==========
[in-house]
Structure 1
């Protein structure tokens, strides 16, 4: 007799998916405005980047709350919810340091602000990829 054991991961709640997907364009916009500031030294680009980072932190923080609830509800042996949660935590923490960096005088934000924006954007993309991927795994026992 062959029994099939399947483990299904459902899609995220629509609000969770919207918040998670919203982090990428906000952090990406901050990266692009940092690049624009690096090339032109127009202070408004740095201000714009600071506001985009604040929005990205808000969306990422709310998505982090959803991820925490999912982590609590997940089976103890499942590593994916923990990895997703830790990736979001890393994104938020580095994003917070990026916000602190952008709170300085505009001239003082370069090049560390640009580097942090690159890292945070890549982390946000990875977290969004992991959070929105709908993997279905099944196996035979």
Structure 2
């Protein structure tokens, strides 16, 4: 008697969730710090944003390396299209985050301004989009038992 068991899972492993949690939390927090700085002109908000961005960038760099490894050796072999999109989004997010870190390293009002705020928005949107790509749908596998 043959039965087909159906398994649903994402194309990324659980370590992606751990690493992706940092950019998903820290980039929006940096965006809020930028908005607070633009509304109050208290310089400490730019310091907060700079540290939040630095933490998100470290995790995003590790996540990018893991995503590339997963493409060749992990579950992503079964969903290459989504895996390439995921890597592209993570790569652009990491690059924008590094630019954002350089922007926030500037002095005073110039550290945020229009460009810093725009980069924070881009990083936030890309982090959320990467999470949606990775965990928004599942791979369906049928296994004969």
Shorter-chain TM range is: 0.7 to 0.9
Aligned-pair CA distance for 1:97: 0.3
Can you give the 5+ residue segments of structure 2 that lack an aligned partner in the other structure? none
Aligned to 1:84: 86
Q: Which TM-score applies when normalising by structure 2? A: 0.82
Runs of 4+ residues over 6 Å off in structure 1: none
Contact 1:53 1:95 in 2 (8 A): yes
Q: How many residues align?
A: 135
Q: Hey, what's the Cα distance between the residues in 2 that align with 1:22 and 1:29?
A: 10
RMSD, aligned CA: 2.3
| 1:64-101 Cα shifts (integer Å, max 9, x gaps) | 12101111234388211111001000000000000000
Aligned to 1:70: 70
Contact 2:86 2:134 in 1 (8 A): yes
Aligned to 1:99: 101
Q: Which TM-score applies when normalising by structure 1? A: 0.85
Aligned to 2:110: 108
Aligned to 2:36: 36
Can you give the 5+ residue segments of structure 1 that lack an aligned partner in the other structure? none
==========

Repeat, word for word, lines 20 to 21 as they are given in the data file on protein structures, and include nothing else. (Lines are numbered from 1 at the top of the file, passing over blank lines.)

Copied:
Contact 2:86 2:134 in 1 (8 A): yes
Aligned to 1:99: 101